Fanfare of Firsts at Symphony. April 17th Preview

April 15, 2010 2 comments Open printer friendly version of this article Print Article

There is a lot of excitement about this weekend's symphony performance, and it isn't focused on the mammoth concerto for piano and orchestra that will close out the evening. Instead, the fanfare goes to all the firsts. Violinist and composer Piotr Szewczyk will premiere his Fanfare for the First Coast, a piece commissioned by the Jacksonville Symphony Orchestra after Szewczyk was named winner of the 2008 Fresh Ink Florida Composers? Competition. Beth Slater tells us what to expect this weekend!

 Fanfare for the First Coast has a bright opening that dissipates and fluctuates into peaceful sound, Szewczyk, a full member of the Symphony since 2007, told Metro Jacksonville. “The transitions are fluid. One section leads to another very differently. It doesn’t stay too long in one mood, like the weather. Even when you think it’s constant, it leads to something else and is constantly evolving.”

“I find the dark side of nature fascinating,” said Szewczyk (pronounced Shev-Chick).  

Szewczyk said he has been fascinated by weather, particularly off the coast, for some time. Soon after winning the Fresh Ink competition in May 2008, he began to brainstorm ideas for the piece. He would visit the beach and be inspired by the sun, clouds, storms and waves, and would return home to write music, which further inspired his weather watching.

“Writing for orchestra is particularly effective in translating the characters, emotions and images I observed in nature because orchestra has an incredible range of possible expressive colors,” he said.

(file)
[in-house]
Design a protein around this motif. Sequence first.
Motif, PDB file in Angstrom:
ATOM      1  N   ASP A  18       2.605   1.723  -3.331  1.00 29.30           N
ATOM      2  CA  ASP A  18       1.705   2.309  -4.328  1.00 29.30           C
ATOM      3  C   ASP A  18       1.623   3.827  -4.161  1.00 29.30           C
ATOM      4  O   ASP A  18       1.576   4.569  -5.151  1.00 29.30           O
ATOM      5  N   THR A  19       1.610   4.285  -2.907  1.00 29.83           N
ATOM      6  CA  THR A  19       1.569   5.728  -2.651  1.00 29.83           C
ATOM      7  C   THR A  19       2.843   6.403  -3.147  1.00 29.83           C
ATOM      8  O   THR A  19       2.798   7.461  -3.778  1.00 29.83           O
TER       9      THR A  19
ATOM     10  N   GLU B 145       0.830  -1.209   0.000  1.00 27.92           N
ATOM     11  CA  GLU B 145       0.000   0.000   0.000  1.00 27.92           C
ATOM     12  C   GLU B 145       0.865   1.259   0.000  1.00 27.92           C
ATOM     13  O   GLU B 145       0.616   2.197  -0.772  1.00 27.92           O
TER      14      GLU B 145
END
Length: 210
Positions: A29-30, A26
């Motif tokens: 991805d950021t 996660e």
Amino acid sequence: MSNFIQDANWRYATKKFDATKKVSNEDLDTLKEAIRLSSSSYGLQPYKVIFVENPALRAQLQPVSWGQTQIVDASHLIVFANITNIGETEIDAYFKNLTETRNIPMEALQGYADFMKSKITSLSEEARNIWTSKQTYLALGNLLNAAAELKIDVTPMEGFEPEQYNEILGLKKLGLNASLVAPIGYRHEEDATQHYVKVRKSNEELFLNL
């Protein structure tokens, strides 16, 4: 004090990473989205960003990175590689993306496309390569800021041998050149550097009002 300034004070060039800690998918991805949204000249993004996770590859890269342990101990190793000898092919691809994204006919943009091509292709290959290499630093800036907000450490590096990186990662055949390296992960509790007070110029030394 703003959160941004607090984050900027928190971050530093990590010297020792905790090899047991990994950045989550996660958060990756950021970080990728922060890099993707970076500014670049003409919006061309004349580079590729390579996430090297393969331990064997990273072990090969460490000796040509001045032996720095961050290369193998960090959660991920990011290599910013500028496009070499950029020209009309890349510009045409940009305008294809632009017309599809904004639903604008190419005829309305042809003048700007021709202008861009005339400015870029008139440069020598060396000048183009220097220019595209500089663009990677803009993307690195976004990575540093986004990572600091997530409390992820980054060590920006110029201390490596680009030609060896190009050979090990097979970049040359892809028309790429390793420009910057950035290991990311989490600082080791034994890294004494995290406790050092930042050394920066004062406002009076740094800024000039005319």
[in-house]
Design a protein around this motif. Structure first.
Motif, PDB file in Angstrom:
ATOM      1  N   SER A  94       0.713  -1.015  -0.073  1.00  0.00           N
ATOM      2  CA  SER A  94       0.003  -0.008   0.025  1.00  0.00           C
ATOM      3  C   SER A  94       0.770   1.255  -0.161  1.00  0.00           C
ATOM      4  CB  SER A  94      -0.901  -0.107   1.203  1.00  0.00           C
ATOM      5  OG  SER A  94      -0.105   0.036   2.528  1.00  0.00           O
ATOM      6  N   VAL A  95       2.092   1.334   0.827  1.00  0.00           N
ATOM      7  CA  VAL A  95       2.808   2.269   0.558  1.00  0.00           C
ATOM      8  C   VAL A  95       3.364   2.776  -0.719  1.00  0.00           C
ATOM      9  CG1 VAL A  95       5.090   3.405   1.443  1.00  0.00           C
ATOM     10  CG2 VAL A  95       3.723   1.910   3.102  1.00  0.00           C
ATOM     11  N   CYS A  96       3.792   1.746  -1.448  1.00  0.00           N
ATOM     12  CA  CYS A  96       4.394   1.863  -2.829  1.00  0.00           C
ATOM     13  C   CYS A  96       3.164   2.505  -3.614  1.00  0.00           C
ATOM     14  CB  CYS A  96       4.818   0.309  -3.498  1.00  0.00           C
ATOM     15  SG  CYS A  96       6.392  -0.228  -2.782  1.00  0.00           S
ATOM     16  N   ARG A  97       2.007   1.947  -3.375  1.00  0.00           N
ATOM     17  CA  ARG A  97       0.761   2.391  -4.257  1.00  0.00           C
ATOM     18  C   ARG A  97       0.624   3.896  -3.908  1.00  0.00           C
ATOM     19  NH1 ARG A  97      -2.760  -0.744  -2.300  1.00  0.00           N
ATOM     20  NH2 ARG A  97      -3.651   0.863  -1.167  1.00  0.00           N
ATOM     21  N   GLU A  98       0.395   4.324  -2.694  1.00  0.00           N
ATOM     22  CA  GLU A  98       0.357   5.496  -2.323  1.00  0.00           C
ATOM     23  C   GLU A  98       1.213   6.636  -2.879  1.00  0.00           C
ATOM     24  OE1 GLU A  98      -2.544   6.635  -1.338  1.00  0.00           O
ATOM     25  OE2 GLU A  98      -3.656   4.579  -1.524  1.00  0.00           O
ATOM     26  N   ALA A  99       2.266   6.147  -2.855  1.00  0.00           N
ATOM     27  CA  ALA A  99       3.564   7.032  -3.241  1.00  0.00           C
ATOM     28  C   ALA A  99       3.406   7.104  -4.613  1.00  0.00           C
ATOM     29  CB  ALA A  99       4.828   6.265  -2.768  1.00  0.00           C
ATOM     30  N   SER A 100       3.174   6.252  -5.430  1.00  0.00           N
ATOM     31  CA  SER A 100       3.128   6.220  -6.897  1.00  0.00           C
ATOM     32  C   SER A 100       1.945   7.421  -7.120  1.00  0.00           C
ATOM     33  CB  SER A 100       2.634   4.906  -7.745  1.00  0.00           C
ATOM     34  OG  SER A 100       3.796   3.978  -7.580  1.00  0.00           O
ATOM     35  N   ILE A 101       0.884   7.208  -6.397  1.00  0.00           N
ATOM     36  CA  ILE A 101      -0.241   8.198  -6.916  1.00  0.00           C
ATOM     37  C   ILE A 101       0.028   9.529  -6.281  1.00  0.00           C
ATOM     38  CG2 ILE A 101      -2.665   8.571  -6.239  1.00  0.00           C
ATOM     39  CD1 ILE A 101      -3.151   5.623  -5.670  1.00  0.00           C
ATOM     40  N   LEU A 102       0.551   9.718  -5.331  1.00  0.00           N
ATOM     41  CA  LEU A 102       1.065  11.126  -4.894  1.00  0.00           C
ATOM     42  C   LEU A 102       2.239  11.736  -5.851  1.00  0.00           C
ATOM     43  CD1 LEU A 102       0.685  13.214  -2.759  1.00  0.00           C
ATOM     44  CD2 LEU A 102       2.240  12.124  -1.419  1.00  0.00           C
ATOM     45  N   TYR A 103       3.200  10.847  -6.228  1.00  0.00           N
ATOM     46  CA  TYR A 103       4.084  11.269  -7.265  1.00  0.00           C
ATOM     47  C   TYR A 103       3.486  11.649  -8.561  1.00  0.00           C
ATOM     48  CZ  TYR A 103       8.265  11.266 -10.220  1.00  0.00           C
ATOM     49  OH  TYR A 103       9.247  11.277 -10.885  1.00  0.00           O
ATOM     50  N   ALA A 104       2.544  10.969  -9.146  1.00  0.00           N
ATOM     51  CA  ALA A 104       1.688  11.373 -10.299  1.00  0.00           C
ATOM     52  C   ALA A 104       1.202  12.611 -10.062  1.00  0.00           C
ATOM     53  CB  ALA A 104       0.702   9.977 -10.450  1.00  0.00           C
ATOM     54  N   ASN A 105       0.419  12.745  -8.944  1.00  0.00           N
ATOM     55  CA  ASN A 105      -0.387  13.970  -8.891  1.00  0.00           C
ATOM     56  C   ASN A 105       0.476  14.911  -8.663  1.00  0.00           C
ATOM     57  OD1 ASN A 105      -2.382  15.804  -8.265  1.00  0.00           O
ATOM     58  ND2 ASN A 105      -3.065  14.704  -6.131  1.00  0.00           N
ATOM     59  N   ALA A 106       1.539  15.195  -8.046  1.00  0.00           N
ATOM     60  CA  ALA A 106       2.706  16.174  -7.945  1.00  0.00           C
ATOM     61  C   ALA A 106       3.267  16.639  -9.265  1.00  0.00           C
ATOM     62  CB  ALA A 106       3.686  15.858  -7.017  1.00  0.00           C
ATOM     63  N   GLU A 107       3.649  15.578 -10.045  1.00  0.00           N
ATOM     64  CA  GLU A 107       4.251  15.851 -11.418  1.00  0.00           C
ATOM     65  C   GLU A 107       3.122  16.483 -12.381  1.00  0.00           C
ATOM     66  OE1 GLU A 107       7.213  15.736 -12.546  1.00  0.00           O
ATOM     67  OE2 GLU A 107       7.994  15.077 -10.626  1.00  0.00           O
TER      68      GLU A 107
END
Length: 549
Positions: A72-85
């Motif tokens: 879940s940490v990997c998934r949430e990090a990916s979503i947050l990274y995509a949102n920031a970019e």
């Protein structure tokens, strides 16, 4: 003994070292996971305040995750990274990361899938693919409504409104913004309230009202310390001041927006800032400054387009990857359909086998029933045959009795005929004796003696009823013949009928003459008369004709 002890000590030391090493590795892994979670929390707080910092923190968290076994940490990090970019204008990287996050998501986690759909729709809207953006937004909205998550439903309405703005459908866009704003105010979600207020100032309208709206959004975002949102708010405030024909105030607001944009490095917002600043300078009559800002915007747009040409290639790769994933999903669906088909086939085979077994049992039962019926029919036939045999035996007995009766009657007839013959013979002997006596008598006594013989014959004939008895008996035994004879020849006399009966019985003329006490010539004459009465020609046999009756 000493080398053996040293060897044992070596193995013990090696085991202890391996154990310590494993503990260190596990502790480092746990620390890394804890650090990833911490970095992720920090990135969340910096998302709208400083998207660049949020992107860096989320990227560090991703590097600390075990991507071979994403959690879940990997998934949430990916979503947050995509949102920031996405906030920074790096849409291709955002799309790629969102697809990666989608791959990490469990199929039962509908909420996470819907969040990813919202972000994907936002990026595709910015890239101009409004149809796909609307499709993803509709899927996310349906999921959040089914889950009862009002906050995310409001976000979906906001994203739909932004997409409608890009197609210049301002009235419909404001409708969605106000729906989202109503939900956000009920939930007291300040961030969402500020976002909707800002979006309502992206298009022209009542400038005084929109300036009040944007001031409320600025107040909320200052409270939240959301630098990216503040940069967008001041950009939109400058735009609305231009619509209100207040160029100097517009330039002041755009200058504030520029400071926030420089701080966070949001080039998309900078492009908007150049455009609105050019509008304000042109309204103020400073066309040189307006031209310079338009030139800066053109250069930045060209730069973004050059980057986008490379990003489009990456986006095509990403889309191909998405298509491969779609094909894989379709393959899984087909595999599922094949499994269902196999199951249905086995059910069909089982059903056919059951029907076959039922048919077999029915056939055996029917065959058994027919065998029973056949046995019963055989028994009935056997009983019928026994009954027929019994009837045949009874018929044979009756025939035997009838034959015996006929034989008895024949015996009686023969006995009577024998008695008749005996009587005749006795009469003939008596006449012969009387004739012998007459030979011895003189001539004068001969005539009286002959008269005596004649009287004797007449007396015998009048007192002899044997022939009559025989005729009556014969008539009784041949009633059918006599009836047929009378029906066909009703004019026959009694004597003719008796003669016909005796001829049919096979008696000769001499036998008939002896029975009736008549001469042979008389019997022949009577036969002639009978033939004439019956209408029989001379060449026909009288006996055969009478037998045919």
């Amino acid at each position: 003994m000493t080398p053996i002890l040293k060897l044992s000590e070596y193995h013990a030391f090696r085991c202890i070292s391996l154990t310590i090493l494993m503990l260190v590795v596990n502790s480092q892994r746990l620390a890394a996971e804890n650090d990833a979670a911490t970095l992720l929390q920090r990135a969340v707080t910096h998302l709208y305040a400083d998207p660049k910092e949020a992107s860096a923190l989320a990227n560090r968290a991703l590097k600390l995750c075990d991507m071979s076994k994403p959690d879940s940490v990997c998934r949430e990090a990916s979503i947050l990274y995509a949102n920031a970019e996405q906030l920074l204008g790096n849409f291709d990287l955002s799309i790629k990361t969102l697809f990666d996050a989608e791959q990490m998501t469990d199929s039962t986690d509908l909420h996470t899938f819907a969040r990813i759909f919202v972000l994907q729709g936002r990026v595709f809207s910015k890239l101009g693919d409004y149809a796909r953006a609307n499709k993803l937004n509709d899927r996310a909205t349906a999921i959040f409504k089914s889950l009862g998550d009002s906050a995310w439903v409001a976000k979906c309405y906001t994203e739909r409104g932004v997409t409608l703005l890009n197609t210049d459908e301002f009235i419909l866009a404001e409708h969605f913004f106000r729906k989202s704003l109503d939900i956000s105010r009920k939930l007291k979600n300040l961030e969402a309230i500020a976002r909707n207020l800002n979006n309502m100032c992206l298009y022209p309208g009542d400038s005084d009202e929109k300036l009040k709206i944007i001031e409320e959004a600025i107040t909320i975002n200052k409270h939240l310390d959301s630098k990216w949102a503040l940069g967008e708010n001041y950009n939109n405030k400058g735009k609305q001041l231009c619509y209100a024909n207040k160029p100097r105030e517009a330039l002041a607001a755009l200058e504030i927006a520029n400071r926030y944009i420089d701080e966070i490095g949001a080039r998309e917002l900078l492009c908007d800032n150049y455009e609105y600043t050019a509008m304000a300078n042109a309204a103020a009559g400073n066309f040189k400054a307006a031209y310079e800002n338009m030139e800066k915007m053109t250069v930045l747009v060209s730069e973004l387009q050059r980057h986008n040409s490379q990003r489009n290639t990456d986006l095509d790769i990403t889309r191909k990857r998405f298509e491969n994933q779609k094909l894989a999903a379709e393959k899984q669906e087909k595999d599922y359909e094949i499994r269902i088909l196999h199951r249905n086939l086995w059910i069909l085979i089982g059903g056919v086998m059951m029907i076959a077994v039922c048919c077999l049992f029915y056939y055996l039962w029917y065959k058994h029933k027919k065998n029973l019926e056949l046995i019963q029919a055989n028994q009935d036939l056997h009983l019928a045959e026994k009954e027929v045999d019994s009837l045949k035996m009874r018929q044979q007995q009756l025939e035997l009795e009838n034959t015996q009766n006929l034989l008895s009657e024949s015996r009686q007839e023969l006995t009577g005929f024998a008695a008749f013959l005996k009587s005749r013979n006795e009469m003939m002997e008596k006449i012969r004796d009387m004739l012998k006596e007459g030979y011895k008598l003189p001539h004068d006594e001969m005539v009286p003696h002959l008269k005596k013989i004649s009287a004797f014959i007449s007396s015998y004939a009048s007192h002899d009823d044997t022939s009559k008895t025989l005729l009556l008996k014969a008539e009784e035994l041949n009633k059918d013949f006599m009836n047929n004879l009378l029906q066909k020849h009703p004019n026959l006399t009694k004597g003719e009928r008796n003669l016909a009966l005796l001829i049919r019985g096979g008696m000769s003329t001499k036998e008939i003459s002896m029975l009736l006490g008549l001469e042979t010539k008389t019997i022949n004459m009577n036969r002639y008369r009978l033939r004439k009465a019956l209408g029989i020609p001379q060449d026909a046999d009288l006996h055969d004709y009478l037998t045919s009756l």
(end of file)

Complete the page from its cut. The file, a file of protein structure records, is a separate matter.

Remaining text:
The Fanfare, at 12 minutes, took a year and a half to compose.

“The process of composing such a large, complex piece takes time to unfold and has many layers,” Szewczyk said. I was sketching out ideas and the dramatic narrative of the piece. As soon as I had a skeleton on the whole piece, I started working on developing the inner sections of the piece, so the piece grew from the inside out, filling up the structure around it.”

Szewczyk submitted his work to the Symphony library this January so the final score and instrumental parts – 27 in all – could be created, edited and proofread.

Although this is not Szewczyk’s first composition – his work has been performed by the New World Symphony in Miami and ensembles in Los Angeles, Nashville and New York City – it is the first time a member of the Jacksonville Symphony Orchestra has performed his or her own work. The composer didn’t get any special treatment, though.

“Writing your own piece does not make it automatically easy to play. It is good for the orchestra to see me play. They say you ‘make your cake and eat it, too;’ I share the responsibility of learning with everyone,” he said.  

Szewczyk said it’s rare for a composer to perform his or her own work; he joins a small group at this weekend’s performance, including the composer of the final work. Piano Concerto No. 3 by Sergei Rachmaninoff premiered in 1909 in New York with Rachmaninoff as soloist, according to program notes by Dr. Richard E. Rodda.  

Brazilian-born pianist Arnaldo Cohen is the featured soloist in the work also known as the Rach 3 and popularized in the mainstream after the 1996 movie “Shine.” The piano concerto is the only piece of the evening that has been performed previously by the Symphony.

Two works by Felix Mendelssohn, Psalm 98 and Psalm 114, will be performed as well and feature the talents of the Jacksonville Symphony Chorus.

Performances are at 7:30 p.m. Thursday, 11 a.m. and 8 p.m. Friday and 8 p.m. Saturday. Words on Music begins one hour prior to the performance in Jacoby Hall.